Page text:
Matthew is currently Director of Policing Organisation and Practice in the Faculty of Business and Law. He commenced this role on 1 Sept 2019. He leads a team of interdisciplinary academics developing a portfolio of undergraduate and postgraduate programmes that are delivered to police forces nationally. Matthew sits on several Faculty committees and is part of the Centre for Policing Research and Learning leadership team.
Matthew joined the Open University in July 2017 as a Teaching Director. In this role he was responsible for the design and development of a portfolio of new policing programmes at the OU linked to the Police Education Qualifications Framework (PEQF).
Matthew has previously held academic positions at Liverpool John Moores University (as Senior Lecturer in Policing) and Northumbria University Newcastle (as Programme Leader for Criminology).
An interdisciplinary social scientist, Matthew’s interests include:
- Policing: including the role and function of the police in contemporary society; community policing; policing and victimology; police and crime; researching police organisations.
- Criminal Justice Organisations and Management: including the structures and governance of key criminal justice organisations; ethics and accountability; visual and cultural representations; organisational culture and reform; evidence-based practice.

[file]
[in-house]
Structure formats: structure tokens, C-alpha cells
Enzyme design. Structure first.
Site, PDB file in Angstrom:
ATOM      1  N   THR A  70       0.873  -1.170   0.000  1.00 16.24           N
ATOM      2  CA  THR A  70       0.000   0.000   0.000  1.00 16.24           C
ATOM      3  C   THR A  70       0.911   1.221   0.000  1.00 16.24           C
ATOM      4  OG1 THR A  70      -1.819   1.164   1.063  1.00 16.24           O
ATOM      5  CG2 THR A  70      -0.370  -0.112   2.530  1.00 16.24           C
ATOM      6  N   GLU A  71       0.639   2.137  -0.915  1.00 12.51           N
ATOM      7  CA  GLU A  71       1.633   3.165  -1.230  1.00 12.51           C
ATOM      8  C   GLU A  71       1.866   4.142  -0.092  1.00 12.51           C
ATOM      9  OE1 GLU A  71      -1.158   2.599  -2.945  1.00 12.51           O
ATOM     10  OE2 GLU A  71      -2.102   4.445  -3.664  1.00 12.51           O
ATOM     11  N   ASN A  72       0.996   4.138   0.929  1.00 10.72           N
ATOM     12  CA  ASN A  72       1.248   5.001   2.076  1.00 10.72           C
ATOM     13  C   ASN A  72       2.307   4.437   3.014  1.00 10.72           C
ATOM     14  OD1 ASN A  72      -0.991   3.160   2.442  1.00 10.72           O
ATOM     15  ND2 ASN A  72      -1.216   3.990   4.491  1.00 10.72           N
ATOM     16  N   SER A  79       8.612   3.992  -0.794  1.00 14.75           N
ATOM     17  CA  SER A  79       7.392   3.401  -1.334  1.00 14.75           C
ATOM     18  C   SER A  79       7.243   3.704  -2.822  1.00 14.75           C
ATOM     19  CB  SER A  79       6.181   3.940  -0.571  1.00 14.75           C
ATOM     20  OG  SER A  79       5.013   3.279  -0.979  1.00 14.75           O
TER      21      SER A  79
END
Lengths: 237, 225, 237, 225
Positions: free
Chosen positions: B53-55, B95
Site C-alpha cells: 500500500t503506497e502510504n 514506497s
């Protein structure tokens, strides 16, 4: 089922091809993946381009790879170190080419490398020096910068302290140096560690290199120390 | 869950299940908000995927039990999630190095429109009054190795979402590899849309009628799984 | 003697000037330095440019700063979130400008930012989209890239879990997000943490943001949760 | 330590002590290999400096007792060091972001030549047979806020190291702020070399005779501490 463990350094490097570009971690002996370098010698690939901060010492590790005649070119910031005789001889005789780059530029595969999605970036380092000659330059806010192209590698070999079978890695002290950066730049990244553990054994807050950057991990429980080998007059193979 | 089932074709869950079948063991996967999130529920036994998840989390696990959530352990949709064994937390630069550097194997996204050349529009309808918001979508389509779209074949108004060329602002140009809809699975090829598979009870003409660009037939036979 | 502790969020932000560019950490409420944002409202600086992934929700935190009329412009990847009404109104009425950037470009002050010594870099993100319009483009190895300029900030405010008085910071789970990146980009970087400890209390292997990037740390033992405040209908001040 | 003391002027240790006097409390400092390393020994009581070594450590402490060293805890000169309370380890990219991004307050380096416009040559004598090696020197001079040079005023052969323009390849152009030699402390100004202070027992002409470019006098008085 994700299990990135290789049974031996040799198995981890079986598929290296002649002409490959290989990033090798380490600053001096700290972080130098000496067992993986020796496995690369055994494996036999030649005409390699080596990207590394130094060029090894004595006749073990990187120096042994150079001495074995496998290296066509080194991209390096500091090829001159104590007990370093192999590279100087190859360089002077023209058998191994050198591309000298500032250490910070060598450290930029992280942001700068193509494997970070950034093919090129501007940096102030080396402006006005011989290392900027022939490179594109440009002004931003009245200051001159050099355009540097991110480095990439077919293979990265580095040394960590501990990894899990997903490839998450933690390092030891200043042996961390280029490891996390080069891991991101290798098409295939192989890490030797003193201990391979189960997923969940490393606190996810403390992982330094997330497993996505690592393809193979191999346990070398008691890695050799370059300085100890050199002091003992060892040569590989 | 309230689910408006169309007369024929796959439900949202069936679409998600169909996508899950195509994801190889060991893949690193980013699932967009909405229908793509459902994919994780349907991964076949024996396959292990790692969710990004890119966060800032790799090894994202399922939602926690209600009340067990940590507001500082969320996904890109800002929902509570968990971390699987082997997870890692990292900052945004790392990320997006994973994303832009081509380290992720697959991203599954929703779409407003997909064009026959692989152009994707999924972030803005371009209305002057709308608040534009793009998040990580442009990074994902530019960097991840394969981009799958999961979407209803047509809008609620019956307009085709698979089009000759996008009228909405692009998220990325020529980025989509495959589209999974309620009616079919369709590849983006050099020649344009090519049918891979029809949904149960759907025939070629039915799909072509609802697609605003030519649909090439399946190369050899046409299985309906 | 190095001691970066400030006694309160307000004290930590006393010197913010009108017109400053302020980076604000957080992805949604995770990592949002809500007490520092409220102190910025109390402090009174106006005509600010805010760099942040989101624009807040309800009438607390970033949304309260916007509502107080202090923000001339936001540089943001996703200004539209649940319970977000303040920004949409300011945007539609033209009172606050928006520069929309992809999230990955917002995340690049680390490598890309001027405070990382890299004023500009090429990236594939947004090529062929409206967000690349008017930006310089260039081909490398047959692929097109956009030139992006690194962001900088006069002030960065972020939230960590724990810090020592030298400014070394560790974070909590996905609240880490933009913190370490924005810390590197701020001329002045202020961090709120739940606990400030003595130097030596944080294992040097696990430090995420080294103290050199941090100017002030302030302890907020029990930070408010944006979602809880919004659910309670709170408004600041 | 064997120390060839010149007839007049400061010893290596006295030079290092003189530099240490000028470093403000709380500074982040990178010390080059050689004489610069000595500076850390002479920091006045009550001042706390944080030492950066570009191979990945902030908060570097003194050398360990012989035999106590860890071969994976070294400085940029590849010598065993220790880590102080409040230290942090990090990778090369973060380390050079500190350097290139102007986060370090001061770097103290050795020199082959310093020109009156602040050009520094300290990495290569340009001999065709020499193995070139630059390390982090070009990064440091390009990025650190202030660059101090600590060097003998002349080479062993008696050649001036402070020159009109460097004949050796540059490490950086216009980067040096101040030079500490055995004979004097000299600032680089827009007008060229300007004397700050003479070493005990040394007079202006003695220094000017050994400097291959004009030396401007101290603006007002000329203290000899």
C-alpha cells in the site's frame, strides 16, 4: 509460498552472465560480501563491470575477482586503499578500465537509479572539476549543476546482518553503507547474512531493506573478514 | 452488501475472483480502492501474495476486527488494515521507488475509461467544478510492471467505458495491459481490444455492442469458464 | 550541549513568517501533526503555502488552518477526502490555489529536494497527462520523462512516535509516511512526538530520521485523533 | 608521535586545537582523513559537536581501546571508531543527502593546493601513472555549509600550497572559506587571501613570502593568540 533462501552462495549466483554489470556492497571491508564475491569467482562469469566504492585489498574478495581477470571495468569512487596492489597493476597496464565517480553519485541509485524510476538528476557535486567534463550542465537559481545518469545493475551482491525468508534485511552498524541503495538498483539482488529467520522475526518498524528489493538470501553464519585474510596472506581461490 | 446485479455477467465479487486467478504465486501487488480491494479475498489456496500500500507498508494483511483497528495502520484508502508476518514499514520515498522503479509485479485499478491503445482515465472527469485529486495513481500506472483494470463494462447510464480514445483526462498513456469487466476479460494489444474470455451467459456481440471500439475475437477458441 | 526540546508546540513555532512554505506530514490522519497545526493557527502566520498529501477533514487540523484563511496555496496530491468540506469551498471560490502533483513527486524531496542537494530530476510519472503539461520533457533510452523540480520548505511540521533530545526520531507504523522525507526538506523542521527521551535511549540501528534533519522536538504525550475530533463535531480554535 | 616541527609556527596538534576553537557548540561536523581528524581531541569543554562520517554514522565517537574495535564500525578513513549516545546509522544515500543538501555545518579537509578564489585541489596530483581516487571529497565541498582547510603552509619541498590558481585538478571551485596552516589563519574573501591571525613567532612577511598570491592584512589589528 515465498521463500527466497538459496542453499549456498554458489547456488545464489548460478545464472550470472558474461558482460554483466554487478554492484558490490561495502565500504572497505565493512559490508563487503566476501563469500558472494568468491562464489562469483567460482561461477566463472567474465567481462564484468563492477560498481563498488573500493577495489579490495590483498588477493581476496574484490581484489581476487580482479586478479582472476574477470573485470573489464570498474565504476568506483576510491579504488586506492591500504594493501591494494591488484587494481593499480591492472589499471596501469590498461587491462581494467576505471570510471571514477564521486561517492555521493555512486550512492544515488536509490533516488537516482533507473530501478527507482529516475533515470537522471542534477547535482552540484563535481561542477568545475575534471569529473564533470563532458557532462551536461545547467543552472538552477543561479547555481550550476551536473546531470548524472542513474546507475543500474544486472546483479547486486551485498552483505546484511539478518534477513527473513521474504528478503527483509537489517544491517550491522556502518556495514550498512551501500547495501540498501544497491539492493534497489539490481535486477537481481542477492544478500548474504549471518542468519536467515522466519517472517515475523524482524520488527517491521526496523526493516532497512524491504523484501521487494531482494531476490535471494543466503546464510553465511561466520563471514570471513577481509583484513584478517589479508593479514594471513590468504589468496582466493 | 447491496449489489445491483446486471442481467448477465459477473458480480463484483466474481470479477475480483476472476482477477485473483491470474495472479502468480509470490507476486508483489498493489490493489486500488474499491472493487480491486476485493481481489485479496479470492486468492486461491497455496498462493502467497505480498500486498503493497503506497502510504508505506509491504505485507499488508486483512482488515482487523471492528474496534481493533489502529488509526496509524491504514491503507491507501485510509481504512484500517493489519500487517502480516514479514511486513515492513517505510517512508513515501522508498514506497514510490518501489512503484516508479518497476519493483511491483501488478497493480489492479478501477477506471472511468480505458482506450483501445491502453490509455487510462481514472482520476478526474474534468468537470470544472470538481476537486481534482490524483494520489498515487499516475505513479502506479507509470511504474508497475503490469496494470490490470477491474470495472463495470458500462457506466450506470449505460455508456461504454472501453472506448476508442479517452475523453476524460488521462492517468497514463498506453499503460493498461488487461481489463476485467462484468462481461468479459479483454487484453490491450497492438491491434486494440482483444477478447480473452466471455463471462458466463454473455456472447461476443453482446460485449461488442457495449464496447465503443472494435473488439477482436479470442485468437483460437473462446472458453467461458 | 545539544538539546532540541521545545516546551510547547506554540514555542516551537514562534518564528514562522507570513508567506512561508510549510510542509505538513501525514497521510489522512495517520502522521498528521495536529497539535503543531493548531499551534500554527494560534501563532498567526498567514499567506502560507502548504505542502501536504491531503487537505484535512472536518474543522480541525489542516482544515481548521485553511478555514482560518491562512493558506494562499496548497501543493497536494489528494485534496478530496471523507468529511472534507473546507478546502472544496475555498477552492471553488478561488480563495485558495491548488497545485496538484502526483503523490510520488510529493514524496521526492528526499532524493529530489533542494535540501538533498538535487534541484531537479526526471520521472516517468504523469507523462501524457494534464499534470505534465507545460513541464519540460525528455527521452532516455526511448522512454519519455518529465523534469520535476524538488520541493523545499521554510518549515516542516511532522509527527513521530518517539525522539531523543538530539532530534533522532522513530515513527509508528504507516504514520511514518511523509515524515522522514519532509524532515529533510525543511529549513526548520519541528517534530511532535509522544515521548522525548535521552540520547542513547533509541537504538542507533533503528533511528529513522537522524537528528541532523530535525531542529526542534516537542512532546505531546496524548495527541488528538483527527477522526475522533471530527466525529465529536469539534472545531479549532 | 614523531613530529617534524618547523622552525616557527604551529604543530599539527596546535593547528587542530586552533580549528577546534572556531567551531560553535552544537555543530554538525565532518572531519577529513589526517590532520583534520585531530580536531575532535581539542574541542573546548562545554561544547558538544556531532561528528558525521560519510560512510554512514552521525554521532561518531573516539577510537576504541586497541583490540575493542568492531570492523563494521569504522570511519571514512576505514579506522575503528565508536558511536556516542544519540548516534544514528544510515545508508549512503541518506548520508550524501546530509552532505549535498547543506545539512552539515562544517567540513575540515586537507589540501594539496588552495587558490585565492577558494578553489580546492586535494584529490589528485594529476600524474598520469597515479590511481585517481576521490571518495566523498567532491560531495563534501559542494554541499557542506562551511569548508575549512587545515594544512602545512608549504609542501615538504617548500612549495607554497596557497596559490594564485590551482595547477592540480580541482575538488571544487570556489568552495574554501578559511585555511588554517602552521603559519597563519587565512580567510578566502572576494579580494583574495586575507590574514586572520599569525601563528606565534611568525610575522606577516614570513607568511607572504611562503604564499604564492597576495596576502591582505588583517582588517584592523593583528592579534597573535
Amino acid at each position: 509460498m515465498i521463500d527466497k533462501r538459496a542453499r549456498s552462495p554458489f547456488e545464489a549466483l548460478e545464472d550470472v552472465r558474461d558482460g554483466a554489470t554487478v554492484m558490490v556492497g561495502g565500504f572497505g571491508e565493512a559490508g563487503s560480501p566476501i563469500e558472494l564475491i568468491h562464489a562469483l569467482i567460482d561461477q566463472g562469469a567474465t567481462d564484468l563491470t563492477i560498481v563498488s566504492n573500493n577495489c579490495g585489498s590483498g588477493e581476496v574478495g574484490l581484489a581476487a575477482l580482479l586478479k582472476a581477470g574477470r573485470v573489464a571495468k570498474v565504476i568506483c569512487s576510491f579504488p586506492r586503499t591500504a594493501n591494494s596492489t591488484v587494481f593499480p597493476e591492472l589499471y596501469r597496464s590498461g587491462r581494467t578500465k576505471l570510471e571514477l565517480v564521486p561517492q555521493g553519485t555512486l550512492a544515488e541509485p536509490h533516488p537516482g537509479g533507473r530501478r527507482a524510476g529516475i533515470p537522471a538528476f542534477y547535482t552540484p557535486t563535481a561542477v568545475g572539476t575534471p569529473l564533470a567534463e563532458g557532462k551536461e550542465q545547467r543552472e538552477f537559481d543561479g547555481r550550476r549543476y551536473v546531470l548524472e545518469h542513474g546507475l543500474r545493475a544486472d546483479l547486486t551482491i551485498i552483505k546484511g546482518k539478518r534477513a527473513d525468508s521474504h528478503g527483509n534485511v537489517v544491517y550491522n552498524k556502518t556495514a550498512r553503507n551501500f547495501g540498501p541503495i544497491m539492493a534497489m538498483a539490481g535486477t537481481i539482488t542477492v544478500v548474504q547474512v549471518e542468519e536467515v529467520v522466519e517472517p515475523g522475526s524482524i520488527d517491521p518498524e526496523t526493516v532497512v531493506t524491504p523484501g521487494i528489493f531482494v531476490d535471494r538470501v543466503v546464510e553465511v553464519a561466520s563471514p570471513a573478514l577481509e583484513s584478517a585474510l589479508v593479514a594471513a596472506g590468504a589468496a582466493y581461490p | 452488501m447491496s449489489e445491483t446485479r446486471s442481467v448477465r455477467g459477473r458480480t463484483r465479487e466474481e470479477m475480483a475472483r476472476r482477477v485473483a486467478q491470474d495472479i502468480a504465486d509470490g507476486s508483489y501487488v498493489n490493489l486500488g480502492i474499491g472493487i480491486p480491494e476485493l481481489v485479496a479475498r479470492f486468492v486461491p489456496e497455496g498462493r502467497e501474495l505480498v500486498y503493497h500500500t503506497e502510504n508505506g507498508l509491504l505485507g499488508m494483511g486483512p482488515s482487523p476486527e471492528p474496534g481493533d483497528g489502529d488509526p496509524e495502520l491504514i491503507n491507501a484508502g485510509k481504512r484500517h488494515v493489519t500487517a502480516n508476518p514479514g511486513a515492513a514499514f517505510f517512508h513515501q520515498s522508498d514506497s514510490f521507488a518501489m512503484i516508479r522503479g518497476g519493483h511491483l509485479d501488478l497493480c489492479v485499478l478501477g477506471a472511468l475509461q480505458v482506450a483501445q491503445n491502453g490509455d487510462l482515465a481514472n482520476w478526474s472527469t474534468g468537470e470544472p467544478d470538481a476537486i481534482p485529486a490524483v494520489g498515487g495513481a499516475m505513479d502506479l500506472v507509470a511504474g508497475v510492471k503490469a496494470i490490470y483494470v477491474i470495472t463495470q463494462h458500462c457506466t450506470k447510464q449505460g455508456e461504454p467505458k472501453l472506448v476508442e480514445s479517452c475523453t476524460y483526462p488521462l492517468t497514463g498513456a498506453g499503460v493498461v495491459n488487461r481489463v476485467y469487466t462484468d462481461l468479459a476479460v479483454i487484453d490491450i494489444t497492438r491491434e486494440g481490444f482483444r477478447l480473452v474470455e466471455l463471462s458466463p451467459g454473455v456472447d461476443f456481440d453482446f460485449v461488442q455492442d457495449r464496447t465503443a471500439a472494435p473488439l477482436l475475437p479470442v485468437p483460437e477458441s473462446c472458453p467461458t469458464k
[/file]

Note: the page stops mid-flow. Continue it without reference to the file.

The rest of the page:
- Contemporary intersections between LGBT identities and crime / criminal justice organisations: including the occupational experiences and contributions of LGBT police officers; police investigation of LGBT Hate Crime.
Matthew is currently the Chair of the national British Society of Criminology Policing Network.
Current Project (2019-2021)
Matthew is currently working on a jointly funded ESRC project with Prof Mike Rowe (Northumbria University) and Prof Andrew Millie (Edge Hill University) entitled Visible Policing: the Affective Properties of Police Buildings, Images and Material Culture.
This project will be the first to explore the visual culture of contemporary policing. Drawing on visual sociology and visual criminology, it will make significant contributions by applying theories and methodologies of the visual to the sociology of policing. In particular, the project will focus on the symbolic power of police stations, the symbolic properties of police material culture (including ceremonial uniforms, flags, badges, tourist souvenirs, and children's toys), and the visibility of the police in social media, incorporating official and unofficial police accounts.
Details of the project can be found here - https://visiblepolicing.com/